They moved to Waco while my Grandpa attended Baylor University and had their first child, my Mom, Sylvia! My Grandma ultimately would graduate from The University of Houston – Go Coogs!.. and both my grandparents both became school teachers. They enjoyed traveling with many visits to see family in Mexico, I was lucky to get to go on some of those trips…I was around 10 or 11 years old…we would leave Houston and drive to Laredo and spend the night at my Aunt Aida’s house. We’d wake up early the next morning and head into Mexico…it was me, my cousin Rachel, Grandpa and Grandma and of course Aunt Rachel. There were no Smart phones, No GPS, no electronics. Just a map and the road. But we felt so safe because Grandma and grandpa had done the trip so many times with so many family members throughout their lifetimes and they were there to take care of us along the way.

Like my sister said yesterday, my grandma was so smart and had a wonderful memory. She told us so many stories from her growing up about her and grandpa, about her parents and about our mom. But she was also very opinionated. She Had an opinion on everything and if she didn’t know about it, all you had to do is tell her and she would tell you how she felt, right then.

She would say…I don’t like it.

Me: Grandma do you want to go to our house for Christmas? Im staying right here. I don’t go anywhere but my house. What about grandpa can he go? He can go…I don’t care…

For probably the last 20 years my grandma would tell us not to buy her anything for Christmas. Me: Grandma what do you want for Christmas? Don’t buy me anything.

But what about, don’t you like….I said nothing……and don’t buy your grandpa anything either….Sorry grandpa.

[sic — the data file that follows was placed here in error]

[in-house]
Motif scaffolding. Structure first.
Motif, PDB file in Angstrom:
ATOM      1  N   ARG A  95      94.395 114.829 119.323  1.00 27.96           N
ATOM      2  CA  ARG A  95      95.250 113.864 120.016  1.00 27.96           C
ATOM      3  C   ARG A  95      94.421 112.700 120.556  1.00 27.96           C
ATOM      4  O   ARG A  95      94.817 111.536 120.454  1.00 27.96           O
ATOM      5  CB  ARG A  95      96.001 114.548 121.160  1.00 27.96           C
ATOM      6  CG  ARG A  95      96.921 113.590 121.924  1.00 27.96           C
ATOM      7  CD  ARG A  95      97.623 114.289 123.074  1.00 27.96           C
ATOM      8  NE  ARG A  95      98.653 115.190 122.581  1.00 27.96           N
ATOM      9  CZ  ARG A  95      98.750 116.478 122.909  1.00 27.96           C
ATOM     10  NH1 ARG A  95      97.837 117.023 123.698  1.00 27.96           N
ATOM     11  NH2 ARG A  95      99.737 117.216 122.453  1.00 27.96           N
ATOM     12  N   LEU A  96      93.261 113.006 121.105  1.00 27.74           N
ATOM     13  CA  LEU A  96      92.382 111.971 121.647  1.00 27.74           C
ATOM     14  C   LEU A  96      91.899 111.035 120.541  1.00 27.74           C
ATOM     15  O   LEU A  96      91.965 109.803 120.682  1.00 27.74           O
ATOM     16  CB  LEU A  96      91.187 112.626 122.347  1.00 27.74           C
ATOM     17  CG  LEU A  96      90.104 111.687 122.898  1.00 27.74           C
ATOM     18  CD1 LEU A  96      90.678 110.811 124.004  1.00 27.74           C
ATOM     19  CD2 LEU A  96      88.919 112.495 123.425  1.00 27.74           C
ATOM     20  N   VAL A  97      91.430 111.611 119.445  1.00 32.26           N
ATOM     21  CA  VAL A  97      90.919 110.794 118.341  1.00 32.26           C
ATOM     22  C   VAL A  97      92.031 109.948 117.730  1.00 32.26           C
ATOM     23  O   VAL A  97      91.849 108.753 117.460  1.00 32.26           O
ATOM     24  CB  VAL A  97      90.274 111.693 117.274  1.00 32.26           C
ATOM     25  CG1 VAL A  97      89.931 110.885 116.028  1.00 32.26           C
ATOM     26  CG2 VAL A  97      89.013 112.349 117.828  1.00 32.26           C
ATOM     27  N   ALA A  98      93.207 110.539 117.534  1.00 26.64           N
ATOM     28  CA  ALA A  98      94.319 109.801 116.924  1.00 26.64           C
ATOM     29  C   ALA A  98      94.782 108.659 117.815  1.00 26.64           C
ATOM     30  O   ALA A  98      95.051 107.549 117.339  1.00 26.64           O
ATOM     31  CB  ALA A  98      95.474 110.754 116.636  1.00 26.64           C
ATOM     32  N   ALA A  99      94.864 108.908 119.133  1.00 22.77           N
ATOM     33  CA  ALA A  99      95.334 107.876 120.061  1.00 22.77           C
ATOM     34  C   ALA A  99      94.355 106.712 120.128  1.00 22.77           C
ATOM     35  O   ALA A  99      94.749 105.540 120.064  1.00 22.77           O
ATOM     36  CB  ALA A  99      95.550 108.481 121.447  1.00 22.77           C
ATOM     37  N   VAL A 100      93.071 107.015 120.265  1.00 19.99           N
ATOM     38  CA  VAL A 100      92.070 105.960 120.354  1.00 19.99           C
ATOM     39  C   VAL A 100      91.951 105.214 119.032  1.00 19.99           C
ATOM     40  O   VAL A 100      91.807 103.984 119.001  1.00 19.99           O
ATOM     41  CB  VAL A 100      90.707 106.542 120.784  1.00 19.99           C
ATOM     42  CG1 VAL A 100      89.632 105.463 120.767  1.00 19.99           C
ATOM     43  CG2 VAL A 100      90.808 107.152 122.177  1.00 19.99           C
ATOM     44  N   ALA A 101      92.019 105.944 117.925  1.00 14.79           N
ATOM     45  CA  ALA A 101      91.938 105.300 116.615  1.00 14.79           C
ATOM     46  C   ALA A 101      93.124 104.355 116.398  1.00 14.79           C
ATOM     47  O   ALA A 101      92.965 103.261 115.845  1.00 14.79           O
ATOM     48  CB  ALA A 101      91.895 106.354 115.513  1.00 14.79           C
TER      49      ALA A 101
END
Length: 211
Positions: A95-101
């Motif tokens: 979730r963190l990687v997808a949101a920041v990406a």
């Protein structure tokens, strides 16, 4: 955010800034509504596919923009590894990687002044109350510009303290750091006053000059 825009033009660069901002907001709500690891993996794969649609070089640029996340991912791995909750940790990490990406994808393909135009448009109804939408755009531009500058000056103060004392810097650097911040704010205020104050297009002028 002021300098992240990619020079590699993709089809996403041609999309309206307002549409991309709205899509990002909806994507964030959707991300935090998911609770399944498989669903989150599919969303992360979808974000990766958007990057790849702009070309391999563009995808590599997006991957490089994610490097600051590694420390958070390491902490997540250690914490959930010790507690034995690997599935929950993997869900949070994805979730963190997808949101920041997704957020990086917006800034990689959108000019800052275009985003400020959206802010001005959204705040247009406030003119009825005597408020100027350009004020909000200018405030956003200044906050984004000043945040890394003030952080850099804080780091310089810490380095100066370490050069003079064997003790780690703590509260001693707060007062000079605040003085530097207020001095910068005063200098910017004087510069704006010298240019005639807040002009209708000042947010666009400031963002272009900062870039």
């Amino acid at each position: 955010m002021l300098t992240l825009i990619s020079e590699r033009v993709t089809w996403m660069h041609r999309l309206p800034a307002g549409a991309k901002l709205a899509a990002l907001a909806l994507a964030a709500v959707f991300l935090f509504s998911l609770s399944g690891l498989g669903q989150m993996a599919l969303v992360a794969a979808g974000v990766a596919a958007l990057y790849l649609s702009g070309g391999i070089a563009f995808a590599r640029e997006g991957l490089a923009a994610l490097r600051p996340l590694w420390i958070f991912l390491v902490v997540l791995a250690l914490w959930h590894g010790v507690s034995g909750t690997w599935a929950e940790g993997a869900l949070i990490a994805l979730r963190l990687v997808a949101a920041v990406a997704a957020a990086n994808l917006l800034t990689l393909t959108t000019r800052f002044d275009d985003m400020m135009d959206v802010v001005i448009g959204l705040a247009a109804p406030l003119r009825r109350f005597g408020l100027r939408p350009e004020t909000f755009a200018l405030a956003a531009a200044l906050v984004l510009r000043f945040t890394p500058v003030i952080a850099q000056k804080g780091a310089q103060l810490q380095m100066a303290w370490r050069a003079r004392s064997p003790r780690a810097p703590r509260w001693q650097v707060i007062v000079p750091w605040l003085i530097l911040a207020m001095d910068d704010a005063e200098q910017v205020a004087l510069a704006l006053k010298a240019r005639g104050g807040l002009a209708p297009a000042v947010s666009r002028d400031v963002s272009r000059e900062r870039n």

We of course all bought her something. I always got her some chocolates. She had a sweet tooth.

So many Christmas’s spent at my grandmas house, so many holidays from easter egg hunts, thanksgivings, mothers day, birthday parties, the famous New Years Eve parties. And also Wedding Receptions and even fundraisers in her backyard. No way all of us went to every event there, but the one constant at all these events were Grandma and Grandpa and my Grandmas Cooking.  

Can I get a round of applause for grandmas cooking……

Hands down the best cook there ever was. Her food is legendary… And im not just saying that because she’s my grandma. Everything she cooked up was so good.

Her beans, her breakfast with eggs and bacon with fresh made tortillas and her famous cheese sauce. The roast she would make, or she would make stew or how she marinated and cooked fajitas. The enchiladas she cooked especially the ones she made for me without onions. The cakes she made and my favorite the powdered cookies she made..Her secret was a lot of TLC Tender loving care and I think a lot of butter also.

But nothing compares to her tamales she made over the holidays. When I told my friends that my grandma passed away, the first thing they said was I sure loved her food.

But you never saw my grandma eat first. She cooked for everyone else and sometimes didn’t eat at all.

My dad passed away when I was 21 years old and my grandparents came and lived with me, my mom and brother and sister for about a year. One night some of my friends and I had gone out to have a few cocktails and normally we would end up going through the Whataburger drive through to grab some food. But I knew that my grandma had just put a big pot of beans on and we had plenty of food at my house. So we open the backed door slowly and tried not to wake anyone. As soon as we turned the light on my grandma appeared. David? Is that you? Yes, its me. Do you want me to warm you up something? Uh Yeah!! She served us up some fresh beans and tortillas and rice and tamales.,,she sat and talked to us and we all went to bed with a full belly that night. Her food and her company was the best.

Like my cousin Rachel Said… Her house was always the place I felt the most at home. So much time we spent there watching tv, playing games, listening to grandpas stories and eating grandmas food.